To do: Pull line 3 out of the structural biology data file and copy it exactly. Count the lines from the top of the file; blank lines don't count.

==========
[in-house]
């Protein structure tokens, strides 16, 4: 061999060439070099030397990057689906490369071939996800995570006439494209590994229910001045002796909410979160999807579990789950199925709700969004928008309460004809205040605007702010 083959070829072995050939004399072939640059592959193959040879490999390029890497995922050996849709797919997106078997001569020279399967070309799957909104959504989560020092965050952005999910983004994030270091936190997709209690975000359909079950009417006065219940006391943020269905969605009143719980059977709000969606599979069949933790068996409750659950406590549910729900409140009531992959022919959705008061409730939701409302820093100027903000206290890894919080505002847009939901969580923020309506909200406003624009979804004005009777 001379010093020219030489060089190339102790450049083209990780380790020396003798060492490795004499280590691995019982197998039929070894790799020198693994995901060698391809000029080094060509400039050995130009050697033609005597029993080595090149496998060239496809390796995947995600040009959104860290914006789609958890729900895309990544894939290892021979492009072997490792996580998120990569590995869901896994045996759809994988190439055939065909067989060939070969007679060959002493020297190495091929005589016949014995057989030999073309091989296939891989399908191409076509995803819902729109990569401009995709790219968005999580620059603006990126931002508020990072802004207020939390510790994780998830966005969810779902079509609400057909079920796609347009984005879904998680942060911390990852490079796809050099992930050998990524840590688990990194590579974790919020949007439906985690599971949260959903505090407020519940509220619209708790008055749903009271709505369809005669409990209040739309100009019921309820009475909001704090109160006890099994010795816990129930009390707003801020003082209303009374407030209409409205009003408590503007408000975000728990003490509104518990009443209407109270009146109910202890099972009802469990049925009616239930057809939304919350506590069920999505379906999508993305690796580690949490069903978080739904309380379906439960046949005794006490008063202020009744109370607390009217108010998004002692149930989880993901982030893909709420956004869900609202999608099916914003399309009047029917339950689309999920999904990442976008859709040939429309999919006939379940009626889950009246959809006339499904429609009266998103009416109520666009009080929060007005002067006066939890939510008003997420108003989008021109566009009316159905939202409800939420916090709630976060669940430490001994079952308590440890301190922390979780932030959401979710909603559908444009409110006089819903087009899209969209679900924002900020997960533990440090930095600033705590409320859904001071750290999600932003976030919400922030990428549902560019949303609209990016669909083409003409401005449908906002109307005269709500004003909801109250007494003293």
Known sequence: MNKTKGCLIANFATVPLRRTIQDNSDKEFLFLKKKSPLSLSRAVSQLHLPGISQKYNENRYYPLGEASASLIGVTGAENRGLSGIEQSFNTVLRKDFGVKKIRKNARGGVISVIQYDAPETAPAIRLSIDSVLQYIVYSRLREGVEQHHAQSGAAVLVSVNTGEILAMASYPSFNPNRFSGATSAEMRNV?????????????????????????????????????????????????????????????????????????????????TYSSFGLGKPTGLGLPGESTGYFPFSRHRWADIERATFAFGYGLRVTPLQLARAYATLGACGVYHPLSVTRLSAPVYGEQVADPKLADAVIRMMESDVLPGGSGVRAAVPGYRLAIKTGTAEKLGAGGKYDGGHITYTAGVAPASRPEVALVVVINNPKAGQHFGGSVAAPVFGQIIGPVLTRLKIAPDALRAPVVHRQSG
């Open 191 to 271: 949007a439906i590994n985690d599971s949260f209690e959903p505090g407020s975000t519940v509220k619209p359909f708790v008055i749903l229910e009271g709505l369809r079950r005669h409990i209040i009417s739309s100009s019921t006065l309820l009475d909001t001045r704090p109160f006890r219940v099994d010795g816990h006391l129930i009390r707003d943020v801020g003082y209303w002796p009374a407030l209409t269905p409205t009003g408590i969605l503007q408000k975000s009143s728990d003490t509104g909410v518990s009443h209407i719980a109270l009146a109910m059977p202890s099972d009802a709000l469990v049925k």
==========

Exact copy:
Known sequence: MNKTKGCLIANFATVPLRRTIQDNSDKEFLFLKKKSPLSLSRAVSQLHLPGISQKYNENRYYPLGEASASLIGVTGAENRGLSGIEQSFNTVLRKDFGVKKIRKNARGGVISVIQYDAPETAPAIRLSIDSVLQYIVYSRLREGVEQHHAQSGAAVLVSVNTGEILAMASYPSFNPNRFSGATSAEMRNV?????????????????????????????????????????????????????????????????????????????????TYSSFGLGKPTGLGLPGESTGYFPFSRHRWADIERATFAFGYGLRVTPLQLARAYATLGACGVYHPLSVTRLSAPVYGEQVADPKLADAVIRMMESDVLPGGSGVRAAVPGYRLAIKTGTAEKLGAGGKYDGGHITYTAGVAPASRPEVALVVVINNPKAGQHFGGSVAAPVFGQIIGPVLTRLKIAPDALRAPVVHRQSG